Tuesday, September 21, 2010

How People With Disabilities Choose AtWork!

Excerpt from an interview with Chris Brandt, AtWork! CEO, on NW Focus. Click here to see the entire interview.

We are trying to start with students with disabilities in high school at younger and younger ages every year. Right now we are looking to secure some funds so we can work with younger students in high school at around age 14 or so. We coordinate with the high school as they work on academic and vocational skills and align with an employment agency like AtWork! The goal is to insure that they graduate with a job. We typically work with students in their transition programs who are in their last year or two of high school. For students with developmental disabilities that is at age 20 or 21. They stay in high school until age 21. They have a few more years of that support and training. We know by working with those students in helping them to get a job that if a student graduates with a job they are much more likely get employed and stay employed.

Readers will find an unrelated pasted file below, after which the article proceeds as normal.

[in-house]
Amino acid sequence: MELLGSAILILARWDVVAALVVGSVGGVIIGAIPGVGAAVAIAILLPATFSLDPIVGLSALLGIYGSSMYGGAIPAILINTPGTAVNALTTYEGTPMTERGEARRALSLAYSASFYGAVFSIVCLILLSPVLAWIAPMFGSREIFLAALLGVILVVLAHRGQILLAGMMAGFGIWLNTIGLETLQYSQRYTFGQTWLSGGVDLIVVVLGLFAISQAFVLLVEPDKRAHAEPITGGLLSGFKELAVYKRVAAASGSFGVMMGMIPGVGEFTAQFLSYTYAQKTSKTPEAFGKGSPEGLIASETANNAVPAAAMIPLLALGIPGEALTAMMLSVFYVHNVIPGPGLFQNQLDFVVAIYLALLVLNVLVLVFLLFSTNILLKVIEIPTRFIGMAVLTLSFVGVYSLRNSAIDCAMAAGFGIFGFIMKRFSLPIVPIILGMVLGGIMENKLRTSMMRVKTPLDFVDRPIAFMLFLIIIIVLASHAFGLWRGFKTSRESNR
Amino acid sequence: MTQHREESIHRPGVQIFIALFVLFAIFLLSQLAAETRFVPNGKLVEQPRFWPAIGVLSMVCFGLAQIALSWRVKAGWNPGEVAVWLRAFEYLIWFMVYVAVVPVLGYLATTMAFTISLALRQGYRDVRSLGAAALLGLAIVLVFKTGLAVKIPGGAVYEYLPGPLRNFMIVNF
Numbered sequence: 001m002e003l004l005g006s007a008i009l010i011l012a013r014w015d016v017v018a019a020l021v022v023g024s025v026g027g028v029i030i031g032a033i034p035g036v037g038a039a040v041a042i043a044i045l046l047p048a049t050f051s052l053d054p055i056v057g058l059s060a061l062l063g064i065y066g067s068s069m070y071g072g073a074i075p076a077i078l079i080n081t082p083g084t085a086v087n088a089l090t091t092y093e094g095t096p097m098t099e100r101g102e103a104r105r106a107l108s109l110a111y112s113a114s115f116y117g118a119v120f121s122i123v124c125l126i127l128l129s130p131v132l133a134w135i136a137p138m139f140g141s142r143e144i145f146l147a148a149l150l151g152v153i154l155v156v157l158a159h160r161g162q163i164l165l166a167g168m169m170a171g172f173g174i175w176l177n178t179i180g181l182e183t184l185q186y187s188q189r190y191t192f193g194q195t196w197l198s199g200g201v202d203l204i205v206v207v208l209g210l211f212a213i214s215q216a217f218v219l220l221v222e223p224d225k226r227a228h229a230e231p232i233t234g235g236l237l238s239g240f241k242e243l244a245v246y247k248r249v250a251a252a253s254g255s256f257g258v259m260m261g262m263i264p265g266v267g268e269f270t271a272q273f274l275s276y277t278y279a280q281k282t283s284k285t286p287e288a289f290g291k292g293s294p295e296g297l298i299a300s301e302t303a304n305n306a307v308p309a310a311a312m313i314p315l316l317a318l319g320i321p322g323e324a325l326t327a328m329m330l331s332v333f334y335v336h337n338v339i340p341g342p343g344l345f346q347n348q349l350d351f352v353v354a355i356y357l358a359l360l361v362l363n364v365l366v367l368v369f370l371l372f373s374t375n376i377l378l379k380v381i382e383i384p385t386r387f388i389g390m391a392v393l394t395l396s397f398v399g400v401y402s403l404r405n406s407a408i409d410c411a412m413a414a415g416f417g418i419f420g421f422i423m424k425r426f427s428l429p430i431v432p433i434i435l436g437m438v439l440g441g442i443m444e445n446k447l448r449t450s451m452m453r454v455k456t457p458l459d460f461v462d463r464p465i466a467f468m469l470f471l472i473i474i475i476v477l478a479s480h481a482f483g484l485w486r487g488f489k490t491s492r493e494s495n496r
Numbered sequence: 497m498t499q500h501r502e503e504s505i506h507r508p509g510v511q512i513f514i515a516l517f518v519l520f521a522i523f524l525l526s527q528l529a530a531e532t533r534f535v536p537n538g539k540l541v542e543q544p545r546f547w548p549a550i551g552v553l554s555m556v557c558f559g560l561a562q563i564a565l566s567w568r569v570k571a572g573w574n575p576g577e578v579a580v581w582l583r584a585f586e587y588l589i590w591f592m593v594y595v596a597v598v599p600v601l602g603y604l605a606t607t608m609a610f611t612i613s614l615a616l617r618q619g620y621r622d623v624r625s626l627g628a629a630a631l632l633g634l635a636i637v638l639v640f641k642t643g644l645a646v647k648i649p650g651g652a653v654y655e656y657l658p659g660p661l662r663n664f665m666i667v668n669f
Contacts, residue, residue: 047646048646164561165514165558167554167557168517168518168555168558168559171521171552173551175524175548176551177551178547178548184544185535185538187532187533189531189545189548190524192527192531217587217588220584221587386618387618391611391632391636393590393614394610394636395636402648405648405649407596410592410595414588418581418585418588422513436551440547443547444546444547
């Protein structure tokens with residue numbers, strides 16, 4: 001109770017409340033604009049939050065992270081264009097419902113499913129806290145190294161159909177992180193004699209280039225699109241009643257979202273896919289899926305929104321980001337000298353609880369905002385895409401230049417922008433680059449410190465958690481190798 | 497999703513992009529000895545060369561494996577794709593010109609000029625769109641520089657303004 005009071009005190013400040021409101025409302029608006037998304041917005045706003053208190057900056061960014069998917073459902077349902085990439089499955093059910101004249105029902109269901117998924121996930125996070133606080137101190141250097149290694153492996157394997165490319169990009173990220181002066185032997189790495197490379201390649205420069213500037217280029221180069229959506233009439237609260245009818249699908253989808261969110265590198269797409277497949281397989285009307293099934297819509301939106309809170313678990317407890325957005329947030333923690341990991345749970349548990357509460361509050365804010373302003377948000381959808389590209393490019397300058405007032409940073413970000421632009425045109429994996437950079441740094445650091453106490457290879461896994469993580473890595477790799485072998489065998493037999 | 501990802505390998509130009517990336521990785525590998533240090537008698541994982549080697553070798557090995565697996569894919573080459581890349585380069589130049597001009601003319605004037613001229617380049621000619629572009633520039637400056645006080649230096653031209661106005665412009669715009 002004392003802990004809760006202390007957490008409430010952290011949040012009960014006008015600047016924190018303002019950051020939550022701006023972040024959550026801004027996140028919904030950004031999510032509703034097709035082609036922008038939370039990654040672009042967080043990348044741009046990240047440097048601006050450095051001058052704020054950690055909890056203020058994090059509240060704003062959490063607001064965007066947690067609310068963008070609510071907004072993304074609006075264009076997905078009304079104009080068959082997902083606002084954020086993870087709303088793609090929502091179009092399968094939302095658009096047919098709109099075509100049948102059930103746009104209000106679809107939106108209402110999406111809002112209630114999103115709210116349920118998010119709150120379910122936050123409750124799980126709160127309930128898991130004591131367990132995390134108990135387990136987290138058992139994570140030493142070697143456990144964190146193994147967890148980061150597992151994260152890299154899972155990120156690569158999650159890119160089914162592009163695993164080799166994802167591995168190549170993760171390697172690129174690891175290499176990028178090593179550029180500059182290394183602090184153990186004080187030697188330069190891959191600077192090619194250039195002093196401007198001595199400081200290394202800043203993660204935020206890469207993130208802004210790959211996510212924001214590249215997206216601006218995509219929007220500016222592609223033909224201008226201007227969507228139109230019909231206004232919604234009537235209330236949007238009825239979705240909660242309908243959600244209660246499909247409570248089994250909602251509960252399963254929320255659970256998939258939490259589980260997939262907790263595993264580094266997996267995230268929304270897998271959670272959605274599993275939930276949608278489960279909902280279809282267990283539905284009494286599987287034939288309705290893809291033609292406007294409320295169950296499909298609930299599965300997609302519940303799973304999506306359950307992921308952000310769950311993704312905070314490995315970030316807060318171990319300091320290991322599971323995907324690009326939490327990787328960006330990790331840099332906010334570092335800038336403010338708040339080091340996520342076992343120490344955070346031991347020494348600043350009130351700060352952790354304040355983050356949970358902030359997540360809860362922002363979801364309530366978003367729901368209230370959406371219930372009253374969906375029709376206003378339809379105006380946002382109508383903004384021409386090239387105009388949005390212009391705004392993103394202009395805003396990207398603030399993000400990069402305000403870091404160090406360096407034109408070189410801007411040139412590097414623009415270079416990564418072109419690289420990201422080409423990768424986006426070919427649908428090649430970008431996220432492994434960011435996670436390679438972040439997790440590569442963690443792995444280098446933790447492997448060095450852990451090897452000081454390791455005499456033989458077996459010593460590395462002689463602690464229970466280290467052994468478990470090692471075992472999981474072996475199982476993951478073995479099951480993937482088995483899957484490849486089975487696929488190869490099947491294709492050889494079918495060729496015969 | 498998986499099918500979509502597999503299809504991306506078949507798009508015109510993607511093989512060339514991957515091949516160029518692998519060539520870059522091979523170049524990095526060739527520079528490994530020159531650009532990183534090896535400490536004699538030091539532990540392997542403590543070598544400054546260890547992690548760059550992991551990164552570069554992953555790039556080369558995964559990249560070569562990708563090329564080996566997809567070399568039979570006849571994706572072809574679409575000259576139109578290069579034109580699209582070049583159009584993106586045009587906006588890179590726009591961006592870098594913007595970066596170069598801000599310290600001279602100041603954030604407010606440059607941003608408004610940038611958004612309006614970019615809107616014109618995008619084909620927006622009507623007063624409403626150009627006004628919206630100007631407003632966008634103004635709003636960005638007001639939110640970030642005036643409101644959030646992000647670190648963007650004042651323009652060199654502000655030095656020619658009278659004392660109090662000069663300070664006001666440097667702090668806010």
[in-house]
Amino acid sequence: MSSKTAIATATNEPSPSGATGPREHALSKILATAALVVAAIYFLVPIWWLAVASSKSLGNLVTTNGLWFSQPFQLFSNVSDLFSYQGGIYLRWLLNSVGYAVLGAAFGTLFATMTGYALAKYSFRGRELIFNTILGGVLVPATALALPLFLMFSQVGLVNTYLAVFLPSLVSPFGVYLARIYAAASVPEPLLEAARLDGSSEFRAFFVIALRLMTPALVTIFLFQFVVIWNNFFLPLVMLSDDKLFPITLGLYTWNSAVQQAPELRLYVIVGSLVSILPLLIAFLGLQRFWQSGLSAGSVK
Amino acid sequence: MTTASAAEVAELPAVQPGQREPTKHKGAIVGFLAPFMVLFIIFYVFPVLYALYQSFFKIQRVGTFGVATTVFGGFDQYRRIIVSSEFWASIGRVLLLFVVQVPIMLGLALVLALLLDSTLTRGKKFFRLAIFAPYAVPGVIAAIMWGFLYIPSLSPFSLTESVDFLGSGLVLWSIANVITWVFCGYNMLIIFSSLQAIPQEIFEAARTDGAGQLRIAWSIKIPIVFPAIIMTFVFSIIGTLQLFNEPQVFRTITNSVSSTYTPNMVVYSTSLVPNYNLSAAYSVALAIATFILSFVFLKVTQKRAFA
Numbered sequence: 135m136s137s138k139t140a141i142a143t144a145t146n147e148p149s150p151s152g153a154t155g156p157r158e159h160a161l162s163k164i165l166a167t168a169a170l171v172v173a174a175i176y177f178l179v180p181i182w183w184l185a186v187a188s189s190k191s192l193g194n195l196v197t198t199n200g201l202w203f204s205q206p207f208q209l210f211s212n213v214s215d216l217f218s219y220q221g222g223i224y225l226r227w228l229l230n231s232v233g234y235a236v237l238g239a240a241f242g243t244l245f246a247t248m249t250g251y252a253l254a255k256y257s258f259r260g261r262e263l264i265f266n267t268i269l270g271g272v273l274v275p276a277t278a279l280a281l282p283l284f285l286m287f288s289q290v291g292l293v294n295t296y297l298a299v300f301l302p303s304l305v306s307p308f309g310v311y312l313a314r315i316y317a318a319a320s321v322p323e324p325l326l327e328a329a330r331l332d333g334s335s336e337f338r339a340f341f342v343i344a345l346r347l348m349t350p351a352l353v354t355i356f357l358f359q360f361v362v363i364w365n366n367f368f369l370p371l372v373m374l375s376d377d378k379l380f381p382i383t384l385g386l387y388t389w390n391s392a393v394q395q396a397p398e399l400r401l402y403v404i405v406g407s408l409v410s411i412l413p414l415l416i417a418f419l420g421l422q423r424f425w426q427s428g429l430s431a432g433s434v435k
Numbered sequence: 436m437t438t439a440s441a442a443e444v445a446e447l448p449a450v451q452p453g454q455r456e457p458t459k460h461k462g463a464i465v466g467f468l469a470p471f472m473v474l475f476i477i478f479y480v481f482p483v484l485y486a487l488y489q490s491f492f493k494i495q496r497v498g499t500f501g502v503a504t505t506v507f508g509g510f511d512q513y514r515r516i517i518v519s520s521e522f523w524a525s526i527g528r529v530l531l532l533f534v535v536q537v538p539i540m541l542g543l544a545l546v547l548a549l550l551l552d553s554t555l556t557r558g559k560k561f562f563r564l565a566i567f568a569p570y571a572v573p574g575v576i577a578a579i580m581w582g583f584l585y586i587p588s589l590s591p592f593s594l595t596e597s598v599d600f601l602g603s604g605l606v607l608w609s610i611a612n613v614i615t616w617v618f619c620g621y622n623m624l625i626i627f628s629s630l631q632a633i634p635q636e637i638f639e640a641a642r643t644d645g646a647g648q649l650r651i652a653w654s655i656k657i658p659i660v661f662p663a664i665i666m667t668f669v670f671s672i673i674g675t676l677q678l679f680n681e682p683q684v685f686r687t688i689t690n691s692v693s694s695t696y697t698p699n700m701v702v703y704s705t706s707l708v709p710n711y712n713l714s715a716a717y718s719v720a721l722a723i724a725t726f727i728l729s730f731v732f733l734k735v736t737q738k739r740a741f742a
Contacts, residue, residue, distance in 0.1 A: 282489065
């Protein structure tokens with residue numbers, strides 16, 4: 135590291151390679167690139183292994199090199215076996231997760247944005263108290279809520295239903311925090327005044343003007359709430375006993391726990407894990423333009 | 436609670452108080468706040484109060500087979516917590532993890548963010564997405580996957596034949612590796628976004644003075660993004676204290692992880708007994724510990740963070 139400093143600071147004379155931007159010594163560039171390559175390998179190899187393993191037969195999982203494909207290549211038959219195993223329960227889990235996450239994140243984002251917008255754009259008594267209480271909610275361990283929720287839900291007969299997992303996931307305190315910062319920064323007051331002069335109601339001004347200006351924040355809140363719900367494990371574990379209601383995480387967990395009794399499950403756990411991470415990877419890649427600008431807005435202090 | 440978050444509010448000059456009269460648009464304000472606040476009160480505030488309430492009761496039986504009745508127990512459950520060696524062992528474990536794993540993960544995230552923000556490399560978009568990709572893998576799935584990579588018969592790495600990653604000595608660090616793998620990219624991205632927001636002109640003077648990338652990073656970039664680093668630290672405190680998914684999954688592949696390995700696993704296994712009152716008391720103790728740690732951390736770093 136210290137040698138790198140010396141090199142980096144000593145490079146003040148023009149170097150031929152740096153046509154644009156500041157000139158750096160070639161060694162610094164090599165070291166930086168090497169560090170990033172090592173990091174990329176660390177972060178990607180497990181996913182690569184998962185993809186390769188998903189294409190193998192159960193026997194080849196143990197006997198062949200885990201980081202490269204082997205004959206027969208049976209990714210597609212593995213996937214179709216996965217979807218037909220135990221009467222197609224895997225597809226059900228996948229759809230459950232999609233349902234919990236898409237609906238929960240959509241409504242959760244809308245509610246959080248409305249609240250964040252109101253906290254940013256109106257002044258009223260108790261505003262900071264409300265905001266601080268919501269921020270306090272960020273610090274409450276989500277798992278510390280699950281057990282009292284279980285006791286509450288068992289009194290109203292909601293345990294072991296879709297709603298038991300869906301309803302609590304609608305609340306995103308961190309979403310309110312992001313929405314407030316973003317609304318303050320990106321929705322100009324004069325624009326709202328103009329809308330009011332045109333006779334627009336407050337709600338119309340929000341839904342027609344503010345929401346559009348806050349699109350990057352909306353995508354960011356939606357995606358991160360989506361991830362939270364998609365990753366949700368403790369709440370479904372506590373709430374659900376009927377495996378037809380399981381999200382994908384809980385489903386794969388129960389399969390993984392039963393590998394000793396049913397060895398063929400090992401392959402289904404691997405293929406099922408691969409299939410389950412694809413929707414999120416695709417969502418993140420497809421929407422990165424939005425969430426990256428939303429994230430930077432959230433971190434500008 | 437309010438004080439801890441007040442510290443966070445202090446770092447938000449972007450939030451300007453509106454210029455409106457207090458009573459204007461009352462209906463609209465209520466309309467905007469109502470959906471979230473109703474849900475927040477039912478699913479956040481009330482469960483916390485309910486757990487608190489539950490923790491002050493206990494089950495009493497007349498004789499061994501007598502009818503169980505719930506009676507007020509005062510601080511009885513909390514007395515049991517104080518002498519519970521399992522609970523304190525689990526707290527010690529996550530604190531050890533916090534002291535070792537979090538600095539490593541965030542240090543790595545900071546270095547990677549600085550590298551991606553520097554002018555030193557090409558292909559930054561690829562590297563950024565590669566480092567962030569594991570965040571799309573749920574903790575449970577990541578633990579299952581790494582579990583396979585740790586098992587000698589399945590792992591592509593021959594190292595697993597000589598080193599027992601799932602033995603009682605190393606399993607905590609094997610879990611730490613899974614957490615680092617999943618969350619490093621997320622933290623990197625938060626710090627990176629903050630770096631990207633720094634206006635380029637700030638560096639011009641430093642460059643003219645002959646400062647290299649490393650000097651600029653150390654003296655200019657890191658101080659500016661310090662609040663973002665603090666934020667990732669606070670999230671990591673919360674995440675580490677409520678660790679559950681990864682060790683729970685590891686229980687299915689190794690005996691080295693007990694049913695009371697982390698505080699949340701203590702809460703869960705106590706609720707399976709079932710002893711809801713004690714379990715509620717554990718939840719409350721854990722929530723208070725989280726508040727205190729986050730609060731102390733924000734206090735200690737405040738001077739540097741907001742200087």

Really the future of our clients is working with those students at young and younger ages. Right now that is a smaller portion of the people we serve but we want that to grow over time and make sure that that high school education is resulting in a job. Most of the people we serve are people 21 right up to 62. The majority of our clients are 25 to 35. They’re in the prime of their working careers, are ready and eager and are out there looking for jobs. They want to work for an employer and make a big difference in their company.

Most of the people we serve are referred to us from Division of Developmental Disabilities or the Division of Vocational Rehabilitation or from school districts through their school to work and transition programs. People with disabilities choose us actually. They may look at several different providers of employment serves, AtWork! being one of them. They may be looking at the staff, looking at the support and job opportunities and the success of that organization. Then they find the employment provider that best matches their needs. Typically they choose a provider that is close to where they live. People with disabilities are typically more successful if they work close to home. Most of them use public transportation and ACCESS transportation to get to work so it’s easier if they are closer. Nobody wants to spend a couple of hours on the bus going to and from, traffic is bad enough as it is. They’ll look for geographic location and success of outcomes. Are we actually doing what we say we do, are our services personalized? Then they pick us through an interview process.

posted by AtWork! at


Post a Comment

Subscribe to Post Comments [Atom]

<< Home